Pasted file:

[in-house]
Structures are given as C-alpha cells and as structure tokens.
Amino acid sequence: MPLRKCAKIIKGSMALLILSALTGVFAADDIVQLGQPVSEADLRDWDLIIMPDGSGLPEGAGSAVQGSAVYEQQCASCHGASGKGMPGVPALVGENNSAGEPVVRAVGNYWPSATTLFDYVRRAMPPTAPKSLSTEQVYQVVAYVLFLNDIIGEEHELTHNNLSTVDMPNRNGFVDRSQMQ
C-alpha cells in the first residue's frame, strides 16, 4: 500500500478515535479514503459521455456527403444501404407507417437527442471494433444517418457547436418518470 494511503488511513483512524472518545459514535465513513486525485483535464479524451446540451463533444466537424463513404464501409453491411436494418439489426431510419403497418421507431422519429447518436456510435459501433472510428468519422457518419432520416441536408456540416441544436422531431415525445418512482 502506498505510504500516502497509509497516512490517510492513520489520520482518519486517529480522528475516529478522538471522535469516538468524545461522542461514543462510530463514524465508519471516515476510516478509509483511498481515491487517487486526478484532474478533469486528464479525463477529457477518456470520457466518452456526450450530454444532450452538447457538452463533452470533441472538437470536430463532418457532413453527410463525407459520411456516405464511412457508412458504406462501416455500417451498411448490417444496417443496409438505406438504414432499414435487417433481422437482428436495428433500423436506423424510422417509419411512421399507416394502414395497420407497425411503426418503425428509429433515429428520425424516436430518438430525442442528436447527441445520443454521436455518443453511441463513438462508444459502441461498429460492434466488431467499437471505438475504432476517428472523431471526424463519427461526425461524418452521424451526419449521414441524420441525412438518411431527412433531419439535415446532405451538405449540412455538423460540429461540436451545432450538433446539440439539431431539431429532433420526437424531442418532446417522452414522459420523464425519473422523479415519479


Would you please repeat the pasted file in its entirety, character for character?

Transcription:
[in-house]
Structures are given as C-alpha cells and as structure tokens.
Amino acid sequence: MPLRKCAKIIKGSMALLILSALTGVFAADDIVQLGQPVSEADLRDWDLIIMPDGSGLPEGAGSAVQGSAVYEQQCASCHGASGKGMPGVPALVGENNSAGEPVVRAVGNYWPSATTLFDYVRRAMPPTAPKSLSTEQVYQVVAYVLFLNDIIGEEHELTHNNLSTVDMPNRNGFVDRSQMQ
C-alpha cells in the first residue's frame, strides 16, 4: 500500500478515535479514503459521455456527403444501404407507417437527442471494433444517418457547436418518470 494511503488511513483512524472518545459514535465513513486525485483535464479524451446540451463533444466537424463513404464501409453491411436494418439489426431510419403497418421507431422519429447518436456510435459501433472510428468519422457518419432520416441536408456540416441544436422531431415525445418512482 502506498505510504500516502497509509497516512490517510492513520489520520482518519486517529480522528475516529478522538471522535469516538468524545461522542461514543462510530463514524465508519471516515476510516478509509483511498481515491487517487486526478484532474478533469486528464479525463477529457477518456470520457466518452456526450450530454444532450452538447457538452463533452470533441472538437470536430463532418457532413453527410463525407459520411456516405464511412457508412458504406462501416455500417451498411448490417444496417443496409438505406438504414432499414435487417433481422437482428436495428433500423436506423424510422417509419411512421399507416394502414395497420407497425411503426418503425428509429433515429428520425424516436430518438430525442442528436447527441445520443454521436455518443453511441463513438462508444459502441461498429460492434466488431467499437471505438475504432476517428472523431471526424463519427461526425461524418452521424451526419449521414441524420441525412438518411431527412433531419439535415446532405451538405449540412455538423460540429461540436451545432450538433446539440439539431431539431429532433420526437424531442418532446417522452414522459420523464425519473422523479415519479